The World Health Organization is kicking off simultaneous immunization campaigns on Saturday in 112 countries and territories across WHO's Regions of the Americas, Eastern Mediterranean and Europe. WHO says such cross-border activities can prevent disease and save lives.
This is the first time the World Health Organization has launched such an event. WHO officials say their goal is to expand immunization coverage and raise awareness of the importance of vaccines.
WHO spokesman, Daniel Epstein, says many countries are working to eliminate measles. He says countries in the European region are very concerned that they have stalled in their goal of eliminating measles and rubella this year.
"In European countries, in many of them, immunization coverage is below the 95 percent recommended level. And, there have been ongoing measles outbreaks in some of these countries. Measles cases have also been imported to the U.S. and Canada and the Americas from European countries," said Epstein.
WHO says an important goal of the immunization campaigns is to reach those who have been excluded up to now.
It notes every year, in the countries of the Eastern Mediterranean Region, 25 percent of deaths among children under age five is attributed to vaccine preventable diseases.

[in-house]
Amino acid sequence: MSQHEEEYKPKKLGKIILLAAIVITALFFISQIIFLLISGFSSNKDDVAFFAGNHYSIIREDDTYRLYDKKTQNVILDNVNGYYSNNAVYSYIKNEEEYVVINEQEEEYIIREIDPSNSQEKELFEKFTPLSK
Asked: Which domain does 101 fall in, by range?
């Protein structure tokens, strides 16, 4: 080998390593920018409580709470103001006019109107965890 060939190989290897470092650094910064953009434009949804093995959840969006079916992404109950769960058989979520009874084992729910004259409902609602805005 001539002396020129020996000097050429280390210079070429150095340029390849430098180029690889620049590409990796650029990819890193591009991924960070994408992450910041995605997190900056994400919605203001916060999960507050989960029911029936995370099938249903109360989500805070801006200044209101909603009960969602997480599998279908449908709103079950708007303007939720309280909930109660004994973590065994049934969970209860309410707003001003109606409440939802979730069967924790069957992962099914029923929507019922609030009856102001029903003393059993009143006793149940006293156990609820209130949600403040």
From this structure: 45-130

In the Americas, WHO says special regional events are being held in border areas of Nicaragua, between Suriname and French Guyana, and between Haiti and the Dominican Republic. It says many young children, pregnant women, elderly and indigenous peoples live in isolated areas where vaccine coverage is low.
In all three regions, Daniel Epstein says the vaccination campaigns will be accompanied by health information campaigns.
"The biggest obstacle to reaching our goals of vaccination are lack of awareness, lack of information and people being ignorant that they should be vaccinated and thus not having enough vaccinators, money, trucks, bicycles, etc. to get to these remote regions," he said.
On a related issue, WHO reports a big polio immunization campaign will begin across 16 countries in central and West Africa on Saturday. It says 78 million children under five will be vaccinated to stop a big outbreak of this crippling disease.